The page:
I’ve been pretty hard on Twitter today, so last but not least, here is a blog post that collects some really creative things people have done with Twitter. Note that none of these things is really very Twitter like! And because I’m going to marry a gardner, here’s an application that let’s your plants send you a tweet when they need water. Go figure….

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Written by Brian

July 30th, 2009 at 3:04 pm

Food Safety?

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In the verdant farmland surrounding Monterey Bay, a national marine sanctuary and one of the world’s biological jewels, scorched-earth strategies are being imposed on hundreds of thousands of acres in the quest for an antiseptic field of greens. And the scheme is about to go national.

via Crops, ponds destroyed in quest for food safety.

This is in re “Food Bills Coming Due” – the lamebrained legislation being passed in both houses of congress.

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Written by Brian

July 27th, 2009 at 9:23 pm

Posted in agriculture, politics

Eclectons, chapter 2 – The Arranged Marriage

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The Eclecton saga continues. We learn how Wand Baneesh’s father got rich by teaching his circus performers to fly. Wand feels trapped by the marriage arranged for her to the witless Deem. If Wand thinks marriage is hard, though, wait until she’s actually married to the guy!

More marvelous recycling sculpture by Jayme Jacobson and witty writing by Ken O’Donnel.

And in case you missed chapter one, it’s here around here someplace.

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Written by Brian

July 27th, 2009 at 9:16 pm

Yellow Journalism and the Problem with Agribiz PR


Corn is inspiring a spitting contest and the goober fest is probably going to end up in a mutant hybrid of agriculture that, twenty years from now, none of us will recognize.

An example of the yellow journalism inspired by corn is emerging over at Corn Commentary, a blog put up by the National Corn Growers Association. I’ve been studying it for a couple days, and it’s pretty typical of what agribusiness is shelling out in the way of positive spin for the industry. Truly, it doesn’t bode well, at least not if the economy of the food system comes down to a war of words. Alas, tain’t so simple. Read the rest of this entry »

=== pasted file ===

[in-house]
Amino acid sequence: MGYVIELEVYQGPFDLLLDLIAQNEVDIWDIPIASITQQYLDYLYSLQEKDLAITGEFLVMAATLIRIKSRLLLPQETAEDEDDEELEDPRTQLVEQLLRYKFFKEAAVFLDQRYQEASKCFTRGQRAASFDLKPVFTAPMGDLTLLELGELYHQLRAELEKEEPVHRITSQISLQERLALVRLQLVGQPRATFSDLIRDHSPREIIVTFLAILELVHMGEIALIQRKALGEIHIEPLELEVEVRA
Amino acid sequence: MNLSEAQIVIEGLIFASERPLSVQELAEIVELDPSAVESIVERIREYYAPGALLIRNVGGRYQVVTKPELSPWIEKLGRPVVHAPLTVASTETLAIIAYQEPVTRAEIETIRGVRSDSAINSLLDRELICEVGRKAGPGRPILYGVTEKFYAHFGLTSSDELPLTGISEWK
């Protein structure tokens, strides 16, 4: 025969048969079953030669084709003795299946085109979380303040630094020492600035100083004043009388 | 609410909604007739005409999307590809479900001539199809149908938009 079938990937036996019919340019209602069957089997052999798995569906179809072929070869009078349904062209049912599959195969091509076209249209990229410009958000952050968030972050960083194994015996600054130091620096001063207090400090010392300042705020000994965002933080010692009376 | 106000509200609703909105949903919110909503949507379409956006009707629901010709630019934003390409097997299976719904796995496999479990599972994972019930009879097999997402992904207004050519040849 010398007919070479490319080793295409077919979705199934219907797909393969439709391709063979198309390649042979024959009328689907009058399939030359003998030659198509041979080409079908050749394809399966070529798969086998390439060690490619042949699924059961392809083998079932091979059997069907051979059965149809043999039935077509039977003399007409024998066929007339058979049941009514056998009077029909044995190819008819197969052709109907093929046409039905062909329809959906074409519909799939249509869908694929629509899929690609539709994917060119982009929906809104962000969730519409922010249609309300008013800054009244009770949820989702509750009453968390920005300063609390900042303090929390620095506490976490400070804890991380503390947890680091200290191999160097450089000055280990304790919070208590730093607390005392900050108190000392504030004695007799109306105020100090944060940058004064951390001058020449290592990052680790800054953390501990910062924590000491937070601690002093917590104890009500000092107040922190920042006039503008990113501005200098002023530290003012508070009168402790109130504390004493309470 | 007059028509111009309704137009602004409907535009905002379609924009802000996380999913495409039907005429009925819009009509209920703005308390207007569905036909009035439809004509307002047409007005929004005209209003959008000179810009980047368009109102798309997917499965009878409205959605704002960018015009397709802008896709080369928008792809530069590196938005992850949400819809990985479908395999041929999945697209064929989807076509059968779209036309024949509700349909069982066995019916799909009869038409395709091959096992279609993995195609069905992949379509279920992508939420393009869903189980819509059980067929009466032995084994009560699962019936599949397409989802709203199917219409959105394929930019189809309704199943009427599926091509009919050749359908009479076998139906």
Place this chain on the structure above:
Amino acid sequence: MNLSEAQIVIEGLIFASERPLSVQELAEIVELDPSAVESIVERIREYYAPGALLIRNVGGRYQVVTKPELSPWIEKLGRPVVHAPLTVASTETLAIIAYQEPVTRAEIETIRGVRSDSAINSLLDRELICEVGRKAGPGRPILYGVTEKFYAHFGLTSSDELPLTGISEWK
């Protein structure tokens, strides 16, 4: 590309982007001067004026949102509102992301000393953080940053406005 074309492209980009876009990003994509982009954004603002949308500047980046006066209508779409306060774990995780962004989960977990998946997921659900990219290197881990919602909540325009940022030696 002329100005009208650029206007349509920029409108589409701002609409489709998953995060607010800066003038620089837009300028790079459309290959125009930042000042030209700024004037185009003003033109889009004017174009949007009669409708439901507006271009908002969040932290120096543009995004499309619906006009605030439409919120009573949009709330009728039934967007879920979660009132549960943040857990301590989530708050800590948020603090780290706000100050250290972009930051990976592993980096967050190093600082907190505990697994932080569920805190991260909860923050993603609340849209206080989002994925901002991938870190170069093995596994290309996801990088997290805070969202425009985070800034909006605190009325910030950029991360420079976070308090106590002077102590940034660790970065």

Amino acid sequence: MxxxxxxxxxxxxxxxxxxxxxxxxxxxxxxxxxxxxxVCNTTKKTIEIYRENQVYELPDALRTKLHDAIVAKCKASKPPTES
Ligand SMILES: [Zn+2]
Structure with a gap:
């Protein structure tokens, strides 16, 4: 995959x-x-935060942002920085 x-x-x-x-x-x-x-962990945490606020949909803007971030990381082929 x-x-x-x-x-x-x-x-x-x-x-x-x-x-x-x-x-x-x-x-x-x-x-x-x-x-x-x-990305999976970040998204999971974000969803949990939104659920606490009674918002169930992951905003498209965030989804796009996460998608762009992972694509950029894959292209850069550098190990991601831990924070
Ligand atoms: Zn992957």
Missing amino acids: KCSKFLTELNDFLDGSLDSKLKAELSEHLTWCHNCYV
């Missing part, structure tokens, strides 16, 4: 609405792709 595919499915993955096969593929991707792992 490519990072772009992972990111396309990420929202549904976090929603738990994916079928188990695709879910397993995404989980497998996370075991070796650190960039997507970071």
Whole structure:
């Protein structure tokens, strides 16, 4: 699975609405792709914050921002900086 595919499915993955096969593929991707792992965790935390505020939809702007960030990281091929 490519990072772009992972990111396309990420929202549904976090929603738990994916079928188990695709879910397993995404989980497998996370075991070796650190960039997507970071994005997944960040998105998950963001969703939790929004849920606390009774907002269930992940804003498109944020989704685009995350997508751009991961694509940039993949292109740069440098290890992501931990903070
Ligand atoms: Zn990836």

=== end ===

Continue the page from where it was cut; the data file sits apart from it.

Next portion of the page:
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Written by Brian

July 6th, 2009 at 10:13 pm

Posted in agriculture, politics

Tagged with ,

A new form of writing?

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An article on Xark! claims that writing for the Web is a “new form of writing”:

We all learned to write in more or less the same way: Beginning, middle, end; Subject, predicate, object; Thesis, antithesis, synthesis. Beyond consisting of three items, each of these approaches shares another common theme: Inclusion…. But when you write for the Web as you’d write for print, you write too long. You waste the reader’s time explaining what she already knows.

In fact, writing for the Web is much like writing an edge column for a newspaper (a dying art form in a dying medium, to be sure) or news shorts for a magazine or gossip columns in any medium. Indeed, good writing never explains what the reader already knows: good writing has hyperlinked itself for a couple generations (at least) by tucking the “see further” into parentheses, footnotes, and other unobtrusive places. So the way we write for the Web isn’t new, it’s just that the technology makes it easier for us to get on with our arguments by putting the burden of research onto the shoulders of our readers. And that’s not (necessarily) good writing–and it certainly isn’t new.

Good writing explains old news and ideas in new ways and sheds new light on prior assumptions. Writing for the Web doesn’t change the way our brains work, and the way we cognitively process language determines what makes writing good. And what Dan o’ Xark has come up with is standard fare in an English 101 class: the five-paragraph essay, complete with beginningm, middle and end. No need to follow any of his links; his piece is complete without them.

We love to think we’re committing revolution at every generation, with every doubling of processor speed. And maybe we are. But, in the long view, the way we communicate via the Web is precisely the same way Plato and Shakespeare communicated.

via Xark!: A new form of writing.

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Written by Brian

July 1st, 2009 at 7:08 pm

Posted in writing